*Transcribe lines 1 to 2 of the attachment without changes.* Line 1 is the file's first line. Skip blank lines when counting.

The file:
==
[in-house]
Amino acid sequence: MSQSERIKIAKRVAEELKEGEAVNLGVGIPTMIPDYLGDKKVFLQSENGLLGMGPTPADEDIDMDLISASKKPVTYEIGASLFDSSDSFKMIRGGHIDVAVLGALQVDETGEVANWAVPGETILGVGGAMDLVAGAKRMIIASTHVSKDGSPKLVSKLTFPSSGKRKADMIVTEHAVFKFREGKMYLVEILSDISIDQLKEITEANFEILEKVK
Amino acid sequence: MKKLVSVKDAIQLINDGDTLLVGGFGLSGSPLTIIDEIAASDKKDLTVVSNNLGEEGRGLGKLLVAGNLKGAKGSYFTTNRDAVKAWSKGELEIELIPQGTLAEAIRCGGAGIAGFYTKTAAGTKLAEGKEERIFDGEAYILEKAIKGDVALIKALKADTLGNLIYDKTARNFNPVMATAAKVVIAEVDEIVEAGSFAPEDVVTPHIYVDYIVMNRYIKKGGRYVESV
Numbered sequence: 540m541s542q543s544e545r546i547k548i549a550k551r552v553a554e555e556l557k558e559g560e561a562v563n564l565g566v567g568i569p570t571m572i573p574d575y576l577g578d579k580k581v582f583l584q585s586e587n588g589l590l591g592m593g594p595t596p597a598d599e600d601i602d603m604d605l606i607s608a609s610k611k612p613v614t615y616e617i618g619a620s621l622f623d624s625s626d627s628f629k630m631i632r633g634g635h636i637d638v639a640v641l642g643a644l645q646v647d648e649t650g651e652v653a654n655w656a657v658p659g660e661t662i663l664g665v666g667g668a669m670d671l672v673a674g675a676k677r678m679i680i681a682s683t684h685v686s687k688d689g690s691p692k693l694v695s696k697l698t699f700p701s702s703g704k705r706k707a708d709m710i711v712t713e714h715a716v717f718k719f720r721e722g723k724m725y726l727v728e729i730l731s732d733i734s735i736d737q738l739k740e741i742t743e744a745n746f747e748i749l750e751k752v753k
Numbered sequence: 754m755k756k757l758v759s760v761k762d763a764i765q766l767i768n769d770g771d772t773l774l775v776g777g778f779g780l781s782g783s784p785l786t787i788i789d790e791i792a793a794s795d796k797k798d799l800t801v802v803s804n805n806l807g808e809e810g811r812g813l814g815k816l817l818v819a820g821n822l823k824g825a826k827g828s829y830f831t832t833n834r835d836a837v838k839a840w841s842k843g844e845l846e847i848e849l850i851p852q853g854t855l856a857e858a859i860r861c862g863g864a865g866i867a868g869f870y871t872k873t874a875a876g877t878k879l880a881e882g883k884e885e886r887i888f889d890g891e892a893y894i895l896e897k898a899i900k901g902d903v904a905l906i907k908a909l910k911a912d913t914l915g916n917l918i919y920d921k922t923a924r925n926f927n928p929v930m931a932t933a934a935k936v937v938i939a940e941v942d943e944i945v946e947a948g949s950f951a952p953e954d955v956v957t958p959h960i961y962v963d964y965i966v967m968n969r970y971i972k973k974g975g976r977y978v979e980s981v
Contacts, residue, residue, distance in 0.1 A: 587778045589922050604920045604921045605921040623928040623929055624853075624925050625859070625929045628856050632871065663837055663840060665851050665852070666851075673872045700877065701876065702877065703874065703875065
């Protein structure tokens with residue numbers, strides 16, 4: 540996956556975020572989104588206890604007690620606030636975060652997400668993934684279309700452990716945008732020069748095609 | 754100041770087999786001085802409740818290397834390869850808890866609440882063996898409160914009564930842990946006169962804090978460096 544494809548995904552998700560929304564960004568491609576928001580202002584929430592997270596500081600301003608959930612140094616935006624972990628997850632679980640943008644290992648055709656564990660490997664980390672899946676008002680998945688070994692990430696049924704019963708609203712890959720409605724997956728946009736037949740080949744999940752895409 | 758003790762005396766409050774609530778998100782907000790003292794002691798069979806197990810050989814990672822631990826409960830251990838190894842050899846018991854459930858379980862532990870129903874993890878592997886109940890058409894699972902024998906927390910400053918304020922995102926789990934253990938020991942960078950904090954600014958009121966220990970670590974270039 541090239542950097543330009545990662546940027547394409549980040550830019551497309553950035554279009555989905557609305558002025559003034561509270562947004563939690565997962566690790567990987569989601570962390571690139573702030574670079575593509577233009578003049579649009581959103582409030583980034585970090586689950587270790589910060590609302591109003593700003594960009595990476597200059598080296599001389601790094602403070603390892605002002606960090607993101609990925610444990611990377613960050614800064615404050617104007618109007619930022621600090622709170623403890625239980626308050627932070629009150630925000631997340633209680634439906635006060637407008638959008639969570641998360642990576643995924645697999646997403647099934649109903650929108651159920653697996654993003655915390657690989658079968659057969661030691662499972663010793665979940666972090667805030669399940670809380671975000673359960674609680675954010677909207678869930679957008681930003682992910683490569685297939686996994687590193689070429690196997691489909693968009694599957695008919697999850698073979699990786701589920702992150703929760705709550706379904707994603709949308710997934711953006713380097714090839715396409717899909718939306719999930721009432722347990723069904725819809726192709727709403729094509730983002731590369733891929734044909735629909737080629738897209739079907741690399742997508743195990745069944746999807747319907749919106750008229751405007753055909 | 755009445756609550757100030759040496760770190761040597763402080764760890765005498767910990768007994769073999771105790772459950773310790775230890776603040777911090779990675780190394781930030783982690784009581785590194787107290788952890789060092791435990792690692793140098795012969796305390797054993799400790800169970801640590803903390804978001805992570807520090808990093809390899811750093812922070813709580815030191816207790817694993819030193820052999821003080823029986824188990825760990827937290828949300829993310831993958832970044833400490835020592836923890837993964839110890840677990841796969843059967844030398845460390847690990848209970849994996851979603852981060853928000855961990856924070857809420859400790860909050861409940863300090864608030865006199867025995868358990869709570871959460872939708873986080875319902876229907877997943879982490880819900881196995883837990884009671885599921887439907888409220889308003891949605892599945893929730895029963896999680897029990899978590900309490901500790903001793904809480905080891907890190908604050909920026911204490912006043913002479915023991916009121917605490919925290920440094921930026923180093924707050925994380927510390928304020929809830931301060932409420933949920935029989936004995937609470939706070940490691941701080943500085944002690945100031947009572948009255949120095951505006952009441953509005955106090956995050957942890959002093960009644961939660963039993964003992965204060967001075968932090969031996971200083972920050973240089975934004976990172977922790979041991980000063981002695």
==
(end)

[in-house]
Amino acid sequence: MSQSERIKIAKRVAEELKEGEAVNLGVGIPTMIPDYLGDKKVFLQSENGLLGMGPTPADEDIDMDLISASKKPVTYEIGASLFDSSDSFKMIRGGHIDVAVLGALQVDETGEVANWAVPGETILGVGGAMDLVAGAKRMIIASTHVSKDGSPKLVSKLTFPSSGKRKADMIVTEHAVFKFREGKMYLVEILSDISIDQLKEITEANFEILEKVK